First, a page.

Running through the Bible from Genesis to Revelation are multiplied references to sacrifices and blood.

The New Testament references to “the blood of Christ” are so numerous and specific that they in themselves constitute a theology of redemption.

That the doctrine of the blood atonement is attacked and rejected as a “slaughter house religion” by many is a matter of deep concern. If the shed blood of Calvary has no relationship to God’s redemptive act, then men should know it. If allusions to Christ’s blood, and faith in its saving efficacy, are “offensive”, and on this assumption to be eliminated from Christian doctrine, we should know on what authority such action is being taken.

I have before me letters which deplore in the strongest terms a concept of God which requires the sacrifice of his Son for the sins of the world.

These letters speak of such beliefs as “sadistic,” “revolting,” “outrageous,” “atonement of retaliation,” “masochism,” and other vigorous terms.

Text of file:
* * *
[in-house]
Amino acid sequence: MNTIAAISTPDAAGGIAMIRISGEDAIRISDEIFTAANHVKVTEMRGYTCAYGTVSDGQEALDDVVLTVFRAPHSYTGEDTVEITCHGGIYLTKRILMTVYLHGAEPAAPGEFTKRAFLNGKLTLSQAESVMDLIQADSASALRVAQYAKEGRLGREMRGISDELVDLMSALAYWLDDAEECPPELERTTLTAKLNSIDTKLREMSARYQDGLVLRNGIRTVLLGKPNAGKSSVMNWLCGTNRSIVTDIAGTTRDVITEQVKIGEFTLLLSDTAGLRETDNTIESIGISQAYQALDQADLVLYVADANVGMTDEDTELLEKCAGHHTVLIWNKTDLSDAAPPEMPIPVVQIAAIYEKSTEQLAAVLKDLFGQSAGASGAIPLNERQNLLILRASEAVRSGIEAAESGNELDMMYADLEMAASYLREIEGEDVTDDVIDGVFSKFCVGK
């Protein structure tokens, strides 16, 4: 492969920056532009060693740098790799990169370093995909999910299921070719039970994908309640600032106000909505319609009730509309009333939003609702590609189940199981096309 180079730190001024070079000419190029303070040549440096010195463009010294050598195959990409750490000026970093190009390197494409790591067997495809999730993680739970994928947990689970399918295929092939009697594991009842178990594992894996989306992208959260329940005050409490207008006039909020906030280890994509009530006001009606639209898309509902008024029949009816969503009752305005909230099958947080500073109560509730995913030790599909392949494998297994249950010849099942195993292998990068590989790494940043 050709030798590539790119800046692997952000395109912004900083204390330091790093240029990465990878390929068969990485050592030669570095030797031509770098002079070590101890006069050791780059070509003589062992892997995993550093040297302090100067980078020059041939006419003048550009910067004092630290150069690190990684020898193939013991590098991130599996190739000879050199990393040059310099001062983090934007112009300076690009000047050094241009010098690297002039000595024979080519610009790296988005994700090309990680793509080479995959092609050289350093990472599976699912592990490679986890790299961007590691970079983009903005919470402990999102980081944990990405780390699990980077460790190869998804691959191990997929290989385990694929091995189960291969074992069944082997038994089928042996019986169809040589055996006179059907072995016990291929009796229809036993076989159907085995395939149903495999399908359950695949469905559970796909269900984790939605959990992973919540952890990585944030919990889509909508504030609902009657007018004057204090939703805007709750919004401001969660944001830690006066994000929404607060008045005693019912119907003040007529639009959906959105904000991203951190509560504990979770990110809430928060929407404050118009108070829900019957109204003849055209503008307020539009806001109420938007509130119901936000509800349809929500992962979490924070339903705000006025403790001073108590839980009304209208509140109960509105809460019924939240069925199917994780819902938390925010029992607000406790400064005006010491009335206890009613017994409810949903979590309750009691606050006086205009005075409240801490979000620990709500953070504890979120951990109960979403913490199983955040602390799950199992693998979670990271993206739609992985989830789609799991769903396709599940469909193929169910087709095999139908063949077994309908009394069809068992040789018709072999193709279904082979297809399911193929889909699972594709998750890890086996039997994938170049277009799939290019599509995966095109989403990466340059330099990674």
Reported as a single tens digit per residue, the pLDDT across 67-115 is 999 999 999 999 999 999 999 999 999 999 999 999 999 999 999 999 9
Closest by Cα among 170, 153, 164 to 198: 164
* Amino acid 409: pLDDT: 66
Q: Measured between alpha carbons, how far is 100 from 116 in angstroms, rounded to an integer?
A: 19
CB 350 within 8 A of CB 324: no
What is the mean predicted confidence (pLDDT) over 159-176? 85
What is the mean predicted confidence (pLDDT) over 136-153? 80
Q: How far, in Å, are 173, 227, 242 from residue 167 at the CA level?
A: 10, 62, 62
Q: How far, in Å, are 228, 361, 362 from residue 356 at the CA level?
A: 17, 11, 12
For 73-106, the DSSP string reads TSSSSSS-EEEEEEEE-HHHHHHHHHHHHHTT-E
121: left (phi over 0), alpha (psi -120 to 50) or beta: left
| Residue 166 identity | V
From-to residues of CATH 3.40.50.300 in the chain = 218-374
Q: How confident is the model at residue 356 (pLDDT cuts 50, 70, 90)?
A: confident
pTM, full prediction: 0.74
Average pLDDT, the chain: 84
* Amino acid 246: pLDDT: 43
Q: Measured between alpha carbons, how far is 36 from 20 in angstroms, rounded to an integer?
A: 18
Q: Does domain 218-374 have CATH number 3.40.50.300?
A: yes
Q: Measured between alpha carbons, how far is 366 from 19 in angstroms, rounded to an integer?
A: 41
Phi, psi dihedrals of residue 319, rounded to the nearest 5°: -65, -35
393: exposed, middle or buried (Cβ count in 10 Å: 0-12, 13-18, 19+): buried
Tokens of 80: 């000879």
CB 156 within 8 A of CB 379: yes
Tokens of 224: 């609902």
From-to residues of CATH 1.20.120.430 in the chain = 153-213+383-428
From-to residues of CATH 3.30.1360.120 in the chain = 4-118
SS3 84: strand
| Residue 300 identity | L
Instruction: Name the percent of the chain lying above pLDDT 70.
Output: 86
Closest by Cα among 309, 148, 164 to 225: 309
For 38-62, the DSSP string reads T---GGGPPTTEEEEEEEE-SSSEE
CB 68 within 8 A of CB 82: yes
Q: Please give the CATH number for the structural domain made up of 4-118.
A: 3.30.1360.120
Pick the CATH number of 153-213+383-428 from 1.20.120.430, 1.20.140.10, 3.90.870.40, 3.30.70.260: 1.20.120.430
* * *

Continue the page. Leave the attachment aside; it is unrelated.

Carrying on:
Little is to be gained by engaging in polemics. To me the decision must center in the revelation which God has given us of himself and his Son through the Holy Spirit in the Scriptures.

Here we are confronted with the holiness and justice of a God who is utterly righteous, and we see the great mercy of the same God who is love.

The Bible tells us that the sacrifices of the Old Testament were types and symbols of the death of Christ on the Cross, and the New Testament affirmations about the blood shed on Calvary require us to take them in their rightful context and accept them as the inspired explanation of the central event of all history. Where we fail to understand all that is implied is our fault and not the fault of God’s plan.